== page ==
Saturday, January 22, 2011

To Know Thyself

"There are three things extremely hard: steel, a diamond, and to know one's self. " - Benjamin Franklin

"This above all; to thine own self be true." - William Shakespeare

"Friendship with one’s self is all important, because without it one cannot be friends with anyone else in the world." - Eleanor Roosevelt

"If you do not conquer self, you will be conquered by self." - Napoleon Hill

"Every human has four endowments- self awareness, conscience, independent will and creative imagination. These give us the ultimate human freedom... The power to choose, to respond, to change." - Stephen Covey

What do all these great quotes have in common? They all acknowledge the importance of knowing yourself. I have recognized the importance of knowing myself for a long time, and I am sure that throughout my childhood it was imparted upon me in one way or another. In fact a big reason I started blogging was to truly challenge my beliefs and to reflect upon where I am and more importantly who I am.

The other day I took a Myers-Briggs Test Workshop for Choosing and Changing Careers. The premise of the workshop was to learn more about your personality preferences and to leverage that enhanced knowledge of yourself to find a career you truly love. Although the workshop had a career slant I think going through such a workshop is just as applicable to many other facets of life as well.

Here are a few things I took away from the workshop:

1. I went into the workshop with a fairly good self awareness. That was reassuring. I think the combination of my team sports background, military background, and conscious attempts (blogging, reading, starting a non-profit company etc.) to get to know myself better have paid off. That being said we all are constantly growing and changing so the journey to understand yourself is just that; a journey, not a destination.

2. Your personality is a profile of preferences in the way you respond to outside events. If you are extrovert you can still be introverted in various situations. Being an extrovert simply means that your preference is to respond to different life events as an extrovert does. There is a sliding scale of how strongly you identify with a certain preference.

3. Your personality profile can and does change in different situations. Although my "personal" and "work" self were largely aligned there are some scenarios where my preferences change. For instance, I am more laid back and have a go with the flow attitude in my personal life whereas I appreciate a more solid schedule and organized work environment.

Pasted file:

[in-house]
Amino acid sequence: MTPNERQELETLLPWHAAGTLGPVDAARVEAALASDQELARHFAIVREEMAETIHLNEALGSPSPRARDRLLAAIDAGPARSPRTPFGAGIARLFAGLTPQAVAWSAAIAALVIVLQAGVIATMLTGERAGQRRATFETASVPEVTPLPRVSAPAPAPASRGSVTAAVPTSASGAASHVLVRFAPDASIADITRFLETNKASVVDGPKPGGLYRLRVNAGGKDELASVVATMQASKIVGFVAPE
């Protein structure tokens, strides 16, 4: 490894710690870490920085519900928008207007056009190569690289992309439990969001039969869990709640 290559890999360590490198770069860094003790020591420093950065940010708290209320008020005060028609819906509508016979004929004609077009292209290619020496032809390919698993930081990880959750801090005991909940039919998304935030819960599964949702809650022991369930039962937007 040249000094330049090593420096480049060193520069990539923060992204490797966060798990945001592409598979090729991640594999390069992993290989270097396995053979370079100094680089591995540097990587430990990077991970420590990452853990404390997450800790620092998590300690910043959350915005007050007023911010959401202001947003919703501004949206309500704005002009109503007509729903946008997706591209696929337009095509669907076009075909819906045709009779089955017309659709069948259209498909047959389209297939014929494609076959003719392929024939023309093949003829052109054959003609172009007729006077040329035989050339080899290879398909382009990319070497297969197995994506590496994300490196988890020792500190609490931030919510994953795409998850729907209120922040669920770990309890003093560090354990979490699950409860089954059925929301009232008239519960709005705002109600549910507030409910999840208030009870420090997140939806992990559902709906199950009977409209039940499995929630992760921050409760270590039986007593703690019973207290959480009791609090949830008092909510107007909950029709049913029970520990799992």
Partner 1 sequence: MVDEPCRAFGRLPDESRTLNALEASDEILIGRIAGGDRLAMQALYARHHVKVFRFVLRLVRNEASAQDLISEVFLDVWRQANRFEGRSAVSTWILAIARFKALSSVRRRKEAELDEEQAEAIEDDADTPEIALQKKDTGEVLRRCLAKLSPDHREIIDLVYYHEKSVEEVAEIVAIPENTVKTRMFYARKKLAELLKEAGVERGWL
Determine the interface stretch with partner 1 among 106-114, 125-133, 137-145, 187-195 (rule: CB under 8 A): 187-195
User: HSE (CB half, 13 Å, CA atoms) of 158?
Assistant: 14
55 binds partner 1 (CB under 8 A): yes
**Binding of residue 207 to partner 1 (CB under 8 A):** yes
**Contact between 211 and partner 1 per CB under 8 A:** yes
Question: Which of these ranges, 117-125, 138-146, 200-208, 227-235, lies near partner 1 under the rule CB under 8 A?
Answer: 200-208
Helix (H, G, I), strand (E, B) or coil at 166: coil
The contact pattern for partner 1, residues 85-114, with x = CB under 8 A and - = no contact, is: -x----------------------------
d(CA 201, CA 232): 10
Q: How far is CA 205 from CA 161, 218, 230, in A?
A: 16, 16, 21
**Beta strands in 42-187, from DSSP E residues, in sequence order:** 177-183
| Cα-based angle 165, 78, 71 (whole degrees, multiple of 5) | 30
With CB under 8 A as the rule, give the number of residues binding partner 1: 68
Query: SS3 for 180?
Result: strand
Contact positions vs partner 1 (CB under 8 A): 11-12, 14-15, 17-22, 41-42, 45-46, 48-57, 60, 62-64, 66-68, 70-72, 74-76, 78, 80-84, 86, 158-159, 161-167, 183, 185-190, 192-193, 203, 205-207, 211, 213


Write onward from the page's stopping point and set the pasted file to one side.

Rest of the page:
4. Improving your own self awareness allows you to better recognize other peoples personality types and allows you to more effectively interact with different types of people.I couldn't help but analyze where my wife would shake out on the Myers Briggs test. It was pretty enlightening to see that the source of some of our minor disagreements may not be a lack of desire to resolve those disagreements but two differing preferences on how to respond to outside events. A simple example is cleaning the kitchen. My wife notices every crumb where I take more of a holistic view of how the kitchen ties in with the rest of the home's appearance. These are not coincidences. They are living examples of our differing personality profiles. My awareness of this subtle distinction in our preferences will surely make me more sensitive to how she lives her life....and may even improve my counter-wiping ability. Although this is an oversimplified example, it can be applied to relationship management in any scenario.

5. There are a few different facets that would make up my “dream job” that are consistent with my personality profile. I must be in a creative, team environment that is very collaborative in nature. Not surprisingly this ties in very nicely with things I have been passionate about in my life. Whether it was growing up playing hockey, starting Checking For Charity Corporation, or leading a team of contracting professionals in Iraq I have always thrived and enjoyed these types of environments. My future career should be no different.

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